Although the UK is recognised as one of the most important international markets for cleantech,1 young clean energy companies have historically found it challenging to secure late-stage funding, especially when compared to other industries which are popular in the UK entrepreneurial ecosystem. By way of example, in the UK, fintech startups secured a combined £9.6 billion worth of investments in 2021, compared to £1.24 billion secured by energy-tech startups. Investor reluctance is often attributable to the high initial investment and longer path to revenue that is usually characteristic of energy-tech startups. As a result, nearly half (47.6%) of energy-tech companies in the UK are stalled at seed stage.2
However, the light at the end of the tunnel could be not just near, but here – in the form of not only significant government support, but also meaningful private investment directed at the cleantech space.
In November 2020, the UK Government announced a £12 billion “Ten Point Plan” to lead a “Green Industrial Revolution.” The plan aims to generate £42 billion of private investment by 2030, with the goal of reducing UK emissions by 180 million tonnes of carbon dioxide equivalent between 2023 and 2032. The 10 areas which form the focus of the Plan are offshore wind, hydrogen, nuclear power, shift to zero emission vehicles, greener transportation, homes and public buildings, carbon capture, protecting our natural environment and finally green finance and innovation.
Of the ten areas, we have examined how the final one – green finance and innovation – presents valuable opportunities for companies in the energy-tech space to access much-needed public and private funding and support.
Aiming to raise its total R&D investment to 2.4% of GDP by 2027, the Government directed £100 million of investment into new greenhouse gas removal technologies in its Ten Point Plan. Building upon this initial investment, it also instituted the £1 billion Net Zero Innovation Portfolio, which aims to accelerate the commercialisation of low-carbon technologies, systems and processes in various industrial sectors. The portfolio is designed to focus on priority areas such as floating offshore wind, nuclear advanced modular reactors, energy storage and flexibility and hydrogen.
In the Plan, the Government has pledged an additional £100 million for energy storage and flexibility innovations, noting the increasing importance of such technologies as the UK advances/accelerates its reliance on renewable sources of electricity generation and must counteract their inevitably less predictable generation.
In conjunction with its commitment to advancing nuclear technologies as set out in Point 3 of the Plan, the Government has emphasized its plans for investment to support the effective commercialization of nuclear fusion technology. Separate from its £222 million investment into the existing STEP programme (which aims to build the world’s first commercially viable nuclear fusion power plant in the UK by 2040), the Government has also channeled £184 million towards developing new fusion facilities, infrastructure and apprenticeships in the UK.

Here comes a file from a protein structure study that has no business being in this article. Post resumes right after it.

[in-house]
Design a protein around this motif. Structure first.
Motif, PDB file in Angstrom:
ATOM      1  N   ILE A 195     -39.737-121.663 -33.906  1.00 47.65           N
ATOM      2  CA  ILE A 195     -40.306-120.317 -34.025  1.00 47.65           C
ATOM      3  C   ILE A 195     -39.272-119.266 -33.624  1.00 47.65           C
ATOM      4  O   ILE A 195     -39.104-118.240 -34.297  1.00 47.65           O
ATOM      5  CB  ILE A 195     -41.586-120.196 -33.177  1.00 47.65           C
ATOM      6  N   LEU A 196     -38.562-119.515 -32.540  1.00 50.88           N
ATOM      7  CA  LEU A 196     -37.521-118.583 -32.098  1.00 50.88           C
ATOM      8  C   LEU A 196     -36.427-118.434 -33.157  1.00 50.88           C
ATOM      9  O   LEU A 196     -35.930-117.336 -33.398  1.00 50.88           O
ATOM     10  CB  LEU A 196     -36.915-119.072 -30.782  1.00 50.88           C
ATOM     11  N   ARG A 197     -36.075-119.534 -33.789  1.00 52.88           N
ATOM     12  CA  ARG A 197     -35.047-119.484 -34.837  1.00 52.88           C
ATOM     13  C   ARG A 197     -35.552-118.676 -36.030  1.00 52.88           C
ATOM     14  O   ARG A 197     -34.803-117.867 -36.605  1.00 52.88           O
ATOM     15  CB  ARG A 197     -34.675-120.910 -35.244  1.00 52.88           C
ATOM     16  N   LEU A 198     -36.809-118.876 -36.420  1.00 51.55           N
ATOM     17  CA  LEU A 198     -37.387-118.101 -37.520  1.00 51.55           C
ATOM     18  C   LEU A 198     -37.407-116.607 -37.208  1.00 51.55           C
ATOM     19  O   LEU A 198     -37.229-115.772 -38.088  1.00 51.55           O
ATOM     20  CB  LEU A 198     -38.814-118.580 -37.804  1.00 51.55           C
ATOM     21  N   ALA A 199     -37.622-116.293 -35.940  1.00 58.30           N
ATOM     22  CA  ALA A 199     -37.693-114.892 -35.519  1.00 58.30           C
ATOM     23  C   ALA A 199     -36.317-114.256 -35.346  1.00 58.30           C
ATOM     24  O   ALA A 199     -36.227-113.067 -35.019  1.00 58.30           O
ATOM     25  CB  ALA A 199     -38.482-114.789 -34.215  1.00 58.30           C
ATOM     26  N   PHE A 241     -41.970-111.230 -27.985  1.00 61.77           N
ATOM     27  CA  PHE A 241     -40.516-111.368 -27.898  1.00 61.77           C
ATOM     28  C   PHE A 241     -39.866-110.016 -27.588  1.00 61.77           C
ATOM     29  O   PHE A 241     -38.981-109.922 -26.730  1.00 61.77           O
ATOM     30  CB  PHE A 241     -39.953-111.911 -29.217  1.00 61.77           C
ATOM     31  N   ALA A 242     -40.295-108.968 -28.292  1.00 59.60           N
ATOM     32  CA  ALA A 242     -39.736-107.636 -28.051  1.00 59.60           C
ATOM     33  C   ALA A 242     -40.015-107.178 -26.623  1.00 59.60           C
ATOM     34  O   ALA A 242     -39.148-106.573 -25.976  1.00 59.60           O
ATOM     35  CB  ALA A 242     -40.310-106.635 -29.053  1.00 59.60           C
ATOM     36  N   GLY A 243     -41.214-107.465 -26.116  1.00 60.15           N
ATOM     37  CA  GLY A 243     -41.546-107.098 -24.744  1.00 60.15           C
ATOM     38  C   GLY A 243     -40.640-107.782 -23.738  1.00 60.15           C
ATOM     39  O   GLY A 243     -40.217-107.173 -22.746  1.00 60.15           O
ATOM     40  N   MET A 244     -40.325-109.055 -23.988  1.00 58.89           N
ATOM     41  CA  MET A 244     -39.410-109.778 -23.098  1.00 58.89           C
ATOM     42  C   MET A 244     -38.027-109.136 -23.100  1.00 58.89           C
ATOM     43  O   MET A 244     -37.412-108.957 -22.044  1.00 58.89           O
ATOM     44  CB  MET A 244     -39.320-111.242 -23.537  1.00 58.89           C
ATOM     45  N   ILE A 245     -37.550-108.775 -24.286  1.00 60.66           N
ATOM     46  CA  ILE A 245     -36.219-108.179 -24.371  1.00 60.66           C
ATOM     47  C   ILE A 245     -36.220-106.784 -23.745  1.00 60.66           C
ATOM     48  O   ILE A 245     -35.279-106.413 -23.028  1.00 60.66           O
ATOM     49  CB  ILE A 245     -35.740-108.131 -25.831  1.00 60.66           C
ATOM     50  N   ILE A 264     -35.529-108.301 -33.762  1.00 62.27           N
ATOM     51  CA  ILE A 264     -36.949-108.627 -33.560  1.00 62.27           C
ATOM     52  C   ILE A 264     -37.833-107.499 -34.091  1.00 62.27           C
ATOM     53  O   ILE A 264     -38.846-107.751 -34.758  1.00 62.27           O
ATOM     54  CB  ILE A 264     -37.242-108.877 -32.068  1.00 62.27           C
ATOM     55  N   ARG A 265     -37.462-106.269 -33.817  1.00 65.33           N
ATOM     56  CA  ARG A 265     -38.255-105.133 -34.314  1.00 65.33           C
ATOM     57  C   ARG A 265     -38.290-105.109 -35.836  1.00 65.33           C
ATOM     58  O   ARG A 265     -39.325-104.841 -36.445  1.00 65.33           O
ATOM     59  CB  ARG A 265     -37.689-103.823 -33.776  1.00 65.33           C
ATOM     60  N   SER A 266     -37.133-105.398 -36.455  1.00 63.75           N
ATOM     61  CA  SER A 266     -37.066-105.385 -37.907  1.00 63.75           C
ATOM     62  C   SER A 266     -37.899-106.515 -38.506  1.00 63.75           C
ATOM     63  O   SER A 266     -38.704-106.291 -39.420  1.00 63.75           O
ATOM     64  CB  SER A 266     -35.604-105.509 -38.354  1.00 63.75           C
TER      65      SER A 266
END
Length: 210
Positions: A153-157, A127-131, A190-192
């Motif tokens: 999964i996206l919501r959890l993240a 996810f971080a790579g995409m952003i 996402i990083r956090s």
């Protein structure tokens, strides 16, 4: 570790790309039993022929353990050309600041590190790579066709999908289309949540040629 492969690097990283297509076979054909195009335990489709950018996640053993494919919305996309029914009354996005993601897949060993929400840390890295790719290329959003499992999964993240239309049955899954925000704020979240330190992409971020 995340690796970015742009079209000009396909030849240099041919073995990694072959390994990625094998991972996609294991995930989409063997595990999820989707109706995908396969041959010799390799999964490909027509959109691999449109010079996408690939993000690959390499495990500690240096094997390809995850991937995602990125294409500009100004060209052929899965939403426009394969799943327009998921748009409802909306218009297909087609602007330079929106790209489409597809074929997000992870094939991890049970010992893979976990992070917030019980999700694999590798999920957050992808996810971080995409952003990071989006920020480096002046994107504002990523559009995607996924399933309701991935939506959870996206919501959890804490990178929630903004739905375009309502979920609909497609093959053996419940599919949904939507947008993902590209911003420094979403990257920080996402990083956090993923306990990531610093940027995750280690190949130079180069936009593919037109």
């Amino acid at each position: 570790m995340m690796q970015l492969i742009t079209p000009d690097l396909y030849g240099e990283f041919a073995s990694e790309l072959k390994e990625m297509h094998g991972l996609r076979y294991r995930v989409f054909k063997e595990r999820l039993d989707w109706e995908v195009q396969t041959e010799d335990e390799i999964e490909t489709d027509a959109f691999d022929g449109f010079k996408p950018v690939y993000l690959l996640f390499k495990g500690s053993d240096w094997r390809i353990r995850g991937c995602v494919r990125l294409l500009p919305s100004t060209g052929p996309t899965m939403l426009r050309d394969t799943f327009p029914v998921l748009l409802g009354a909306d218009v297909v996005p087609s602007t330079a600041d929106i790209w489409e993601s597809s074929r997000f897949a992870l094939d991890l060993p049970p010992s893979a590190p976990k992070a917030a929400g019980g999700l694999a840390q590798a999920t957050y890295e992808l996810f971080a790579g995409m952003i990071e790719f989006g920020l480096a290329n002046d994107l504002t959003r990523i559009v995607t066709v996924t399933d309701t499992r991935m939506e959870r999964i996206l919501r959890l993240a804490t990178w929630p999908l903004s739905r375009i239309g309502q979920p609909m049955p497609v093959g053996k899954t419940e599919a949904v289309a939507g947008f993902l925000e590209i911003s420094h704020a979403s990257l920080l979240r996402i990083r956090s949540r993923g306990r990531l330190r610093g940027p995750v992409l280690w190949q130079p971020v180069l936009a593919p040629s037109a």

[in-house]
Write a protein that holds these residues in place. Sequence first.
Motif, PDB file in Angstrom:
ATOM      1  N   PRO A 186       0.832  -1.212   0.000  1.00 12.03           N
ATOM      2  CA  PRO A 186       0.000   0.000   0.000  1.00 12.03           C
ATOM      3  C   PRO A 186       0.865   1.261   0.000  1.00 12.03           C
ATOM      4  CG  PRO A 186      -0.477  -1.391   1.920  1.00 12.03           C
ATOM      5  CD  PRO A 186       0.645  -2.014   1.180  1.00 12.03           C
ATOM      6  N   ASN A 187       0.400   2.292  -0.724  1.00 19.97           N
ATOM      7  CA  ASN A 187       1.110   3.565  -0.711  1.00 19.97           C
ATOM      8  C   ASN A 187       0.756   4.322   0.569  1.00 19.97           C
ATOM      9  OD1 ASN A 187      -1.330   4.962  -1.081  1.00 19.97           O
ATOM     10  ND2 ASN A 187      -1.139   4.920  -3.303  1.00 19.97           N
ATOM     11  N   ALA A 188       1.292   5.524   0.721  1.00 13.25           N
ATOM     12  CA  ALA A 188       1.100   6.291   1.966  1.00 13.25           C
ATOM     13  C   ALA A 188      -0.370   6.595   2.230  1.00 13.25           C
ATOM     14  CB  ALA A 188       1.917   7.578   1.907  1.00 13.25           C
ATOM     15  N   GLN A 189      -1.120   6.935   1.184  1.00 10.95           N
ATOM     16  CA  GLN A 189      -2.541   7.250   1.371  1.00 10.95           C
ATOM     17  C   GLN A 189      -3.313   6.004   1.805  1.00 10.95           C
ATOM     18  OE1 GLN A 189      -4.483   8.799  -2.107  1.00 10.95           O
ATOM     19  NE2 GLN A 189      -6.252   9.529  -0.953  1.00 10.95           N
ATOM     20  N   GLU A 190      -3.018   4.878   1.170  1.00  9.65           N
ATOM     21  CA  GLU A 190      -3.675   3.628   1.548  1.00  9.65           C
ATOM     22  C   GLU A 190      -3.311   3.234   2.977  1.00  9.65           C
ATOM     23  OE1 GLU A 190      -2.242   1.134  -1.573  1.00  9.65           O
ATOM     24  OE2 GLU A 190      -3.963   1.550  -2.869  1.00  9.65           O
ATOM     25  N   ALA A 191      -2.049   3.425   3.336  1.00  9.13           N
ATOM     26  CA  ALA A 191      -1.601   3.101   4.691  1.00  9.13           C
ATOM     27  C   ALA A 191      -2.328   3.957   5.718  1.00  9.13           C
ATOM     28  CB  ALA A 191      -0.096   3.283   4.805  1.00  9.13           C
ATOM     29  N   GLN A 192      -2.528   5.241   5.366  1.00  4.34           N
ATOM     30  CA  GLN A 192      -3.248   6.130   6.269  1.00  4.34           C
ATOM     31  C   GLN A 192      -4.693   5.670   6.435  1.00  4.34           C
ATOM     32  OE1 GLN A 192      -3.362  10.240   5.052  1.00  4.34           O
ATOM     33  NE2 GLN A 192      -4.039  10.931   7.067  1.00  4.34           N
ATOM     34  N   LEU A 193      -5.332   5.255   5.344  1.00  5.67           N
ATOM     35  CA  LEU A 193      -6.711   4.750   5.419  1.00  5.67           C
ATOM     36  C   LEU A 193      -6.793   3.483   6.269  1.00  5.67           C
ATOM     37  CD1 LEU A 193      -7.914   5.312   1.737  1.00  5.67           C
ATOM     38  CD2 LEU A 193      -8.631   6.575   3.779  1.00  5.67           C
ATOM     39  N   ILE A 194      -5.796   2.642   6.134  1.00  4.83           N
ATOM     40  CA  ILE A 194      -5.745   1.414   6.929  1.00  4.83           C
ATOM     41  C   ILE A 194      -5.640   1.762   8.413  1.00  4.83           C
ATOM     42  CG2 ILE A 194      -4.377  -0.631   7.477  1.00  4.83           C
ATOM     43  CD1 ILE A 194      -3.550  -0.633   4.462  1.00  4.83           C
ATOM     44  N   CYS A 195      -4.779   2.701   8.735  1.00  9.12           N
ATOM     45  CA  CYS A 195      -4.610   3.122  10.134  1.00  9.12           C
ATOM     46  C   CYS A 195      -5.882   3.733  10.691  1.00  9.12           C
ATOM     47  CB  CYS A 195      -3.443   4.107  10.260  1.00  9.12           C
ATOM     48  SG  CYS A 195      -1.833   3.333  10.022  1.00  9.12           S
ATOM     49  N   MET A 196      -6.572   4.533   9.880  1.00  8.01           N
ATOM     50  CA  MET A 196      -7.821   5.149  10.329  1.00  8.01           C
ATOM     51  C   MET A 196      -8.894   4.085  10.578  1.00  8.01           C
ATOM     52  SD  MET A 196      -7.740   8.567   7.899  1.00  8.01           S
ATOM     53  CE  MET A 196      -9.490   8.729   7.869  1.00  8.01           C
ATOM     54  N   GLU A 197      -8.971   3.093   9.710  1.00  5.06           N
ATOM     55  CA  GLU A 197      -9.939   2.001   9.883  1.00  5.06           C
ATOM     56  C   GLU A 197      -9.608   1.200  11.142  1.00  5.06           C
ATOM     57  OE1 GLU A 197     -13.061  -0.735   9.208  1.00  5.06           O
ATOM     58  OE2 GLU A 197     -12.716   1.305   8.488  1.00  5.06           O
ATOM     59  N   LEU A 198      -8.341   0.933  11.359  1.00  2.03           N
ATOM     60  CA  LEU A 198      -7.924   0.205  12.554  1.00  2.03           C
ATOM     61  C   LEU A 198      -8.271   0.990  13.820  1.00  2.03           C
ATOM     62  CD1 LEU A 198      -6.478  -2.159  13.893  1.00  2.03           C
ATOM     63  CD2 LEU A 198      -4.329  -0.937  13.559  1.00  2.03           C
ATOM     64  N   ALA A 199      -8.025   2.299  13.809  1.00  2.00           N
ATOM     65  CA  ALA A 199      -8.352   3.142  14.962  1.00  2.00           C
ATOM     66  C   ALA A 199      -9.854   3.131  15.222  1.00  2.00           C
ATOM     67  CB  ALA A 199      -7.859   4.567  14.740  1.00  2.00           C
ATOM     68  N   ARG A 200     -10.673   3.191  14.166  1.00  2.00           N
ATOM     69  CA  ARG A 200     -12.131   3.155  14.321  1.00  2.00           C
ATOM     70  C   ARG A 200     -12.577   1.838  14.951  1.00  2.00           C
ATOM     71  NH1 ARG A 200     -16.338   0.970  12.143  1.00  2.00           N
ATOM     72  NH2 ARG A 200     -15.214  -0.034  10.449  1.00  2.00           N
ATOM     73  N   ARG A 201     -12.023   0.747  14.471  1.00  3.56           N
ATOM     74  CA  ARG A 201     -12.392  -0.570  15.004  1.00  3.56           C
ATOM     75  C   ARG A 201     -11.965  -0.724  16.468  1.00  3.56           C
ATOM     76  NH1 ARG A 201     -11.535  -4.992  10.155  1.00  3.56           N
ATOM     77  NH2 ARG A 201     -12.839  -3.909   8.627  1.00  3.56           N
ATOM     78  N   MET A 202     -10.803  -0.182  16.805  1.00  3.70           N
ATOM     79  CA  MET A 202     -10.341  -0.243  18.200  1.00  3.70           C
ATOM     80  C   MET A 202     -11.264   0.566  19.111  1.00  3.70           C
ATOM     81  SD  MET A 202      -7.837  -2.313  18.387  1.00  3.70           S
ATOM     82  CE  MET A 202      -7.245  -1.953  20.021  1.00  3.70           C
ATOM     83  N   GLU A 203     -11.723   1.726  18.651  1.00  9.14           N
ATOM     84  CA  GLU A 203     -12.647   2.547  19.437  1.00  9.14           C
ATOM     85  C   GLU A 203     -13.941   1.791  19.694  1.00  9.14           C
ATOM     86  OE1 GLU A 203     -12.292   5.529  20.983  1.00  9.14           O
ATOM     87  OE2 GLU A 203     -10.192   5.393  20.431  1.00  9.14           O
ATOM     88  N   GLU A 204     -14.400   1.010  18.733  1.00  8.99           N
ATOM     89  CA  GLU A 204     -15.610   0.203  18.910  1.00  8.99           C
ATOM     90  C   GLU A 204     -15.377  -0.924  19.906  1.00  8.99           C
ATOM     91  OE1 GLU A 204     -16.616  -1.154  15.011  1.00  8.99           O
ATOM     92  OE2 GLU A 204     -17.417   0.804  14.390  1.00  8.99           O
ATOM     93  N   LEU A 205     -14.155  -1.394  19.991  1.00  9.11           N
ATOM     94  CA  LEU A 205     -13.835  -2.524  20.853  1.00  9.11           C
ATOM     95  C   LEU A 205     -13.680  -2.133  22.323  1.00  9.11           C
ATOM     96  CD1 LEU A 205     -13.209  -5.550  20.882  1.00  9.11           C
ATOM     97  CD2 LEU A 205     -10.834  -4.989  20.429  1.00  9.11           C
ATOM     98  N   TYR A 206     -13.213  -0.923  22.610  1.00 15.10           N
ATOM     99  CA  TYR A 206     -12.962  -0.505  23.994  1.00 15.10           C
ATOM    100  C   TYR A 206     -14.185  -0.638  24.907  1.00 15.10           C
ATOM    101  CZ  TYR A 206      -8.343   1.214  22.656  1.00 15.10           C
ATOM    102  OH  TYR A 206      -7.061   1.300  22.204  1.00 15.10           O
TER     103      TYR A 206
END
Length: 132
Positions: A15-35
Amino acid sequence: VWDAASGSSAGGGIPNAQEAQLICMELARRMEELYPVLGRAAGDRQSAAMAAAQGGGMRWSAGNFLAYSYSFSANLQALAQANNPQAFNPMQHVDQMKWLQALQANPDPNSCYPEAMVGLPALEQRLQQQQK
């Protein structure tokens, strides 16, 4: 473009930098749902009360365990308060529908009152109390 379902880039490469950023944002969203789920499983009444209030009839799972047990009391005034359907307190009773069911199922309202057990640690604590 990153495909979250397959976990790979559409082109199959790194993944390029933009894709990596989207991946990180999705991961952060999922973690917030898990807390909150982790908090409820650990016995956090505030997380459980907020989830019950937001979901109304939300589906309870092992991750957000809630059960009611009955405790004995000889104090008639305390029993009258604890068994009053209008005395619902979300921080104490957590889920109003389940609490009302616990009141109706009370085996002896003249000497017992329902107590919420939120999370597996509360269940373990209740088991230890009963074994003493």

As a form of public funding, the Government issued its first Sovereign Green Bonds in 2021, which raised £10 billion to finance sustainable projects and infrastructure. Not only was this the largest inaugural green bond issuance ever undertaken by a sovereign, but in 2022 the Government announced that it was set to raise another £10 billion from green gilts in 2022-23, with transactions scheduled quarterly.3
Alongside public funding, the Government is also encouraging greater private investment in green innovation, building on 2019’s Green Finance Strategy and the corresponding launch and seed funding of the Green Finance Institute – which has established a Coalition for the Energy Efficiency of Buildings, a Zero Carbon Heating Taskforce and a Green Finance Education Charter. To enforce greater transparency around companies’ environmental impact, the Government aims to mandate reporting of climate-related financial information across the economy by 2025, aligned to the recommendations of the Taskforce on Climate-related Financial Disclosures. Together, the Government feels that these measures will provide investors a clear framework in which to deliver the low-carbon finance needed to achieve net zero by 2050.
In addition to this significant government support, energy-tech startups can now look forward to an enthusiastic influx of private capital as well. Venture capital investment in cleantech has more than doubled in just one year, from approximately £1.24 billion in 20214 to approximately £3.15 billion in 2022.5 Furthermore, as recently as 15 February 2023, the government announced the launch of Cleantech for UK - a coalition of investors, entrepreneurs and policymakers with combined funds of over £4 billion. This initiative aims to facilitate the commercialization of the UK’s scientific research by cutting-edge cleantech companies.
This is a unique moment in that the public and private support for clean energy technologies in the UK today is positively overwhelming. Companies in the energy-tech space would do well to take advantage of this incredible opportunity to fuel their worthy ambitions.
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